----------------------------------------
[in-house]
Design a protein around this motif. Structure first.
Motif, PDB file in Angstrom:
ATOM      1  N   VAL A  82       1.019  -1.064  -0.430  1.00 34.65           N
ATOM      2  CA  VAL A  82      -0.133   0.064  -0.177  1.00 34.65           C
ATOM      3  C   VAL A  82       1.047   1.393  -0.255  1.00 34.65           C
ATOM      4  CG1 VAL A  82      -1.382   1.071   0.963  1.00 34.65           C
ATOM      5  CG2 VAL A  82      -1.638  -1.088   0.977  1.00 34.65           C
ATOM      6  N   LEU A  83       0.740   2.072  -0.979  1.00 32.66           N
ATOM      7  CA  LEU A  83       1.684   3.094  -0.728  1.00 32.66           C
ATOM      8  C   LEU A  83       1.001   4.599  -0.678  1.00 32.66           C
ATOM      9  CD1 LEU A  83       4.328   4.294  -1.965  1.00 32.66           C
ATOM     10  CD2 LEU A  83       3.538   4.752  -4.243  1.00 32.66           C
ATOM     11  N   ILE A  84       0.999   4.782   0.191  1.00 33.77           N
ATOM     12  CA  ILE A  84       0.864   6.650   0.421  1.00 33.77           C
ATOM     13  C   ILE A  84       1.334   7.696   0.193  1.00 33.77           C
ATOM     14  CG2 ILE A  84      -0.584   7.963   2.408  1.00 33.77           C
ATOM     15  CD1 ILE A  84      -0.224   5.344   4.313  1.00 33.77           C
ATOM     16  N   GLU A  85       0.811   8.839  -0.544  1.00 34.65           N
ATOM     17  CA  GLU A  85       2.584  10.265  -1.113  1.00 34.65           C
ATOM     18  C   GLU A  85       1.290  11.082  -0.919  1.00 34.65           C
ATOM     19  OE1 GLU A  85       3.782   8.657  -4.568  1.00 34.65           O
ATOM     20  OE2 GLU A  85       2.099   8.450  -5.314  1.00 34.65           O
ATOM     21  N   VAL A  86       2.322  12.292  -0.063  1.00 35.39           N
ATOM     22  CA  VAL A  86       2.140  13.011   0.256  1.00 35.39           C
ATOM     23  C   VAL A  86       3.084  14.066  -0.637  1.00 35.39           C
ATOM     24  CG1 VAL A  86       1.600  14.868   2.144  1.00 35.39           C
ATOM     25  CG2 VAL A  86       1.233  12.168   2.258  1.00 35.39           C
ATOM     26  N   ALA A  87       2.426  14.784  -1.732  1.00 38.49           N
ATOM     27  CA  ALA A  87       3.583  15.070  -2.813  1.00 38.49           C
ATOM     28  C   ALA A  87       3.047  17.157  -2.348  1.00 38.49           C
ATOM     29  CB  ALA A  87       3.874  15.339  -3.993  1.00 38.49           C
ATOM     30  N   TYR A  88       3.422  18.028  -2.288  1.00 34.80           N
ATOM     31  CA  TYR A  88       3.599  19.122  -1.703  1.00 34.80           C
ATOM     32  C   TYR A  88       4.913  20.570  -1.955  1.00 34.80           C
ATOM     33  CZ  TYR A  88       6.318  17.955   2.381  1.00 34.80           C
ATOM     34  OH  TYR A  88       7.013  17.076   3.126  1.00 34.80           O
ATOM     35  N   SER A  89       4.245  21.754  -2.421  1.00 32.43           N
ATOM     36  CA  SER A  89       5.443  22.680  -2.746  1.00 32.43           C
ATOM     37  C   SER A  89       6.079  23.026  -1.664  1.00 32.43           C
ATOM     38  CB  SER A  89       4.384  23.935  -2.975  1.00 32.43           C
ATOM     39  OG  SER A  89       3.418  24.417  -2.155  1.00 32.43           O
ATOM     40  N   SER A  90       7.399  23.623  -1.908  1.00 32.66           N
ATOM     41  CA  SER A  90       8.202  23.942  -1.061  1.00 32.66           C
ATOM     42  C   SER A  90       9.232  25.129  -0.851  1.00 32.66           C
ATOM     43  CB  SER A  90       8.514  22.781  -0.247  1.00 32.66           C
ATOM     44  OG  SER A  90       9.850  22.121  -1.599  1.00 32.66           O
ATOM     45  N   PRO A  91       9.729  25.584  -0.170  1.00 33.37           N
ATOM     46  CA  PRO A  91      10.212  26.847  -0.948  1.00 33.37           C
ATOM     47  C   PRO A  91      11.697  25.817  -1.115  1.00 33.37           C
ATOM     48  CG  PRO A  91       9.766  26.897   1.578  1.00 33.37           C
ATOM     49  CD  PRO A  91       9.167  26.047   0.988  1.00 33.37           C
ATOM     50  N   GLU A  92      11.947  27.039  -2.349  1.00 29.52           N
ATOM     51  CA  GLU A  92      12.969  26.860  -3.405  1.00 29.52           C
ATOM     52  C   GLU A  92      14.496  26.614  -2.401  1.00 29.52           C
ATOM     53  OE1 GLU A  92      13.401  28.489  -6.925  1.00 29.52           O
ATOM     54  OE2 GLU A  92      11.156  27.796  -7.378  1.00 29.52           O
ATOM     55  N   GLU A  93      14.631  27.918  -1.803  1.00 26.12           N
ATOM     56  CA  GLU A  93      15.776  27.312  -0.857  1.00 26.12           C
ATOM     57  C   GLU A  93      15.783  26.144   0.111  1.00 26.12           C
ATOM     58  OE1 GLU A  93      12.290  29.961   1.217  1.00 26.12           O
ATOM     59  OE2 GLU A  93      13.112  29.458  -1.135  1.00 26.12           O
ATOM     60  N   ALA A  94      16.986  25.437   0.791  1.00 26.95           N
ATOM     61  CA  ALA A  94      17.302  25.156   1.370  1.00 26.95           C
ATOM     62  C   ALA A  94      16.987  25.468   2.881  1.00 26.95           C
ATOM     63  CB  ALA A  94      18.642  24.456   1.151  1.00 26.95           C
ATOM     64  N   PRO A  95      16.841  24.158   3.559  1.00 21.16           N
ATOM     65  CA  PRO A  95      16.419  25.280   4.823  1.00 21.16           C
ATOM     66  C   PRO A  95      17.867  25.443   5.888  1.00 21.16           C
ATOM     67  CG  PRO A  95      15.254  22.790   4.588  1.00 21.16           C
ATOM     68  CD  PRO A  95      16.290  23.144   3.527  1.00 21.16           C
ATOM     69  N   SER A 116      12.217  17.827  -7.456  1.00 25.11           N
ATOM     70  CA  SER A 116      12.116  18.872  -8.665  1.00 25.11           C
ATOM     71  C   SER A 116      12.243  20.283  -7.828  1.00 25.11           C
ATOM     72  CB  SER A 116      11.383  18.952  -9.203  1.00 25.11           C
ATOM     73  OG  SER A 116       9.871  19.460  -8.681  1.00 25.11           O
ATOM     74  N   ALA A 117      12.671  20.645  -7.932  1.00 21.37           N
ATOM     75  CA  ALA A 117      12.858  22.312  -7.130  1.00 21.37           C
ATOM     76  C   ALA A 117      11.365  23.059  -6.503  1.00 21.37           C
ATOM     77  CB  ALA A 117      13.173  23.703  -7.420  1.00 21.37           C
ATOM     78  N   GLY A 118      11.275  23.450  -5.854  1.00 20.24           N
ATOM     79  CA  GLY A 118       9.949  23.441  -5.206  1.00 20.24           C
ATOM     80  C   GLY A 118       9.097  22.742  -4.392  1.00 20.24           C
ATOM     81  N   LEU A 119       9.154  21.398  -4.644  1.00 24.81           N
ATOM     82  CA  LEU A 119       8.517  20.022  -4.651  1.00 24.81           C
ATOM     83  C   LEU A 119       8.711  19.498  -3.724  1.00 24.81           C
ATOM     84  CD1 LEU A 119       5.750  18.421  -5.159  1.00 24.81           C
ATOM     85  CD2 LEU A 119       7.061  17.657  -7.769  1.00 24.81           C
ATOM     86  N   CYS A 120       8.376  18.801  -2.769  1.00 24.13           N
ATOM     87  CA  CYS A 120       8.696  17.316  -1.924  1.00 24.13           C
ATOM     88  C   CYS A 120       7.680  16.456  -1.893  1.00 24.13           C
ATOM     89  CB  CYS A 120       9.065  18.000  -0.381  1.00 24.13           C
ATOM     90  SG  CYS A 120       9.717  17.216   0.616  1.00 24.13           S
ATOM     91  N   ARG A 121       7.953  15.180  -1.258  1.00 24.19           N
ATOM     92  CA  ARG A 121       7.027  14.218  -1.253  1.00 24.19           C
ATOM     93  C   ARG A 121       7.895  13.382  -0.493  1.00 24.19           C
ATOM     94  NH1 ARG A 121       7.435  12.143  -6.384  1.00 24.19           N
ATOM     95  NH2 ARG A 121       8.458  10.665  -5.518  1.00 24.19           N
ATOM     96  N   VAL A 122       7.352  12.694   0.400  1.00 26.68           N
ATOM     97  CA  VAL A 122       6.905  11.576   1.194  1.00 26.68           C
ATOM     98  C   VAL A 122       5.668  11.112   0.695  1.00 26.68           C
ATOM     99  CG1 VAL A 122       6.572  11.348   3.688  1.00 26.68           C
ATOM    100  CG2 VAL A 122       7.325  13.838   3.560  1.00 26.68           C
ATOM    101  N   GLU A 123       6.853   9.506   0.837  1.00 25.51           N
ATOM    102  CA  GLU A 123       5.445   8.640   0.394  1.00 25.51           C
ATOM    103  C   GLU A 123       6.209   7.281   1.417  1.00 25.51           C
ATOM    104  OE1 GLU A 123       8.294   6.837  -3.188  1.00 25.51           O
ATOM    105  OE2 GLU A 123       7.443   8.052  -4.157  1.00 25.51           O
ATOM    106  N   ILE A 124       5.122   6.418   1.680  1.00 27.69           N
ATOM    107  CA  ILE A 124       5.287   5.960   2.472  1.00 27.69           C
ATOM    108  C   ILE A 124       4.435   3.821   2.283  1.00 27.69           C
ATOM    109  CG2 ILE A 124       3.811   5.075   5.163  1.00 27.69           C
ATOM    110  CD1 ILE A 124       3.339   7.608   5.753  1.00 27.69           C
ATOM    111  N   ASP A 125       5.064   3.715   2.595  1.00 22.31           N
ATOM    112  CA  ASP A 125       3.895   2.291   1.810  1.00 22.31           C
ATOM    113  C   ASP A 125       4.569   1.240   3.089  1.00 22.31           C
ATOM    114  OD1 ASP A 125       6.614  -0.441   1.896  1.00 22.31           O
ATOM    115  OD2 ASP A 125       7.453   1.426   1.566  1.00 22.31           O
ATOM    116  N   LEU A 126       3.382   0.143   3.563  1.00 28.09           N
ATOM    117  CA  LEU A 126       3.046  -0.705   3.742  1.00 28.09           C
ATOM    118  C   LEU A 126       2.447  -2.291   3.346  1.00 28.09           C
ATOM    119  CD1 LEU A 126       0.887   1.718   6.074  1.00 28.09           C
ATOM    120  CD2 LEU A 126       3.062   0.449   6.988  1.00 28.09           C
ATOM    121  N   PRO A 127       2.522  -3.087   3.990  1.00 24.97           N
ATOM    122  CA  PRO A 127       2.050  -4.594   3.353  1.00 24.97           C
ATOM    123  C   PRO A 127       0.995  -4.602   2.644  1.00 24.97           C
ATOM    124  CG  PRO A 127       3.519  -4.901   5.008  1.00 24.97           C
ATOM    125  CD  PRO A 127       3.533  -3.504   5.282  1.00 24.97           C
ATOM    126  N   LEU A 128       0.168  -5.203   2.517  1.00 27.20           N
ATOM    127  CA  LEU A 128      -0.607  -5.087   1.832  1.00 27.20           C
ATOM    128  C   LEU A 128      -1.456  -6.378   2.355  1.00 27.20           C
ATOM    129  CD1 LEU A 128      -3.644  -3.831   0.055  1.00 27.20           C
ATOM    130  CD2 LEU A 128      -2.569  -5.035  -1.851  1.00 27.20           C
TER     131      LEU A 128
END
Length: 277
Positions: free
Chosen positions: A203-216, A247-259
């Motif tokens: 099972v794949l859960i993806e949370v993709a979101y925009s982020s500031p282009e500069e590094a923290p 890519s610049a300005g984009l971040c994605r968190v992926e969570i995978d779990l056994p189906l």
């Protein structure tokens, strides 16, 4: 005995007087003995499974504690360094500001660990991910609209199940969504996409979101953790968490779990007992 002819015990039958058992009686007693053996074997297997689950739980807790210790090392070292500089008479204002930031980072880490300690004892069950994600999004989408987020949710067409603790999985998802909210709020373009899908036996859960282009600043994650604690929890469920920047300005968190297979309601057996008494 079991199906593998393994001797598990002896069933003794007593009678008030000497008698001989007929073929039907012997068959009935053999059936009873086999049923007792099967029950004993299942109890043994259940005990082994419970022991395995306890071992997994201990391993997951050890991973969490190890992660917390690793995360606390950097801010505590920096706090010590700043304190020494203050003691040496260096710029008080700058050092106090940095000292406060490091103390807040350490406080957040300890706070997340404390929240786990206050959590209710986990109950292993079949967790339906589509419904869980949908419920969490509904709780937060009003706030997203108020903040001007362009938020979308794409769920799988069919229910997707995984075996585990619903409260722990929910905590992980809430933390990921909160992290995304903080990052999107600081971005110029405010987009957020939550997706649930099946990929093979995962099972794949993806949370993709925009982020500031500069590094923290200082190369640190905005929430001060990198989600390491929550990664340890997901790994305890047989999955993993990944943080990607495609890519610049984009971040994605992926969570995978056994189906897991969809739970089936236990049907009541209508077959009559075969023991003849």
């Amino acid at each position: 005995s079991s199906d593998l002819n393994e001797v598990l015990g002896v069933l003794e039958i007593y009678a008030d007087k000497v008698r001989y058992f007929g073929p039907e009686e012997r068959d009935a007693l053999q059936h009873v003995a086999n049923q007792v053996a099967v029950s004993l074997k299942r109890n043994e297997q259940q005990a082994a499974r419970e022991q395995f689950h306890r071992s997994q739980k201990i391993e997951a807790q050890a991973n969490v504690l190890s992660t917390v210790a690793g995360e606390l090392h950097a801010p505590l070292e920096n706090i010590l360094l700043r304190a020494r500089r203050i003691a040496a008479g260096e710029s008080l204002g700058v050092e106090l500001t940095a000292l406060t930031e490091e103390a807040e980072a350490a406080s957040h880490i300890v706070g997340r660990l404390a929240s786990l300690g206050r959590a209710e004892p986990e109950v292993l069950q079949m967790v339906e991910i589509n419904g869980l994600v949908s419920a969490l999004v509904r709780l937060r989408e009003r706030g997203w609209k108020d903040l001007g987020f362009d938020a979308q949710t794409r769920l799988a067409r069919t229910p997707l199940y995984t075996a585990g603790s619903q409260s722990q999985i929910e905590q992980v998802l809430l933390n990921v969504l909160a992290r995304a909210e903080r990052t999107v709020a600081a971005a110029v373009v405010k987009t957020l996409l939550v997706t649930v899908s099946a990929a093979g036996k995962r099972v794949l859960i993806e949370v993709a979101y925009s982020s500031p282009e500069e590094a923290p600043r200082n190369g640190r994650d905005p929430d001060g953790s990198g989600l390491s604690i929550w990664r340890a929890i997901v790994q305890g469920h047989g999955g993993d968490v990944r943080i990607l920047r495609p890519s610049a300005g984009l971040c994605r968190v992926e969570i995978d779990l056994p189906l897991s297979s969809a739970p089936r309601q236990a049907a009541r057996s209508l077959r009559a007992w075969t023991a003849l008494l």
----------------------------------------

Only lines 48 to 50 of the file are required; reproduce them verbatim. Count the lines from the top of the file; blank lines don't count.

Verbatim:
ATOM     45  N   PRO A  91       9.729  25.584  -0.170  1.00 33.37           N
ATOM     46  CA  PRO A  91      10.212  26.847  -0.948  1.00 33.37           C
ATOM     47  C   PRO A  91      11.697  25.817  -1.115  1.00 33.37           C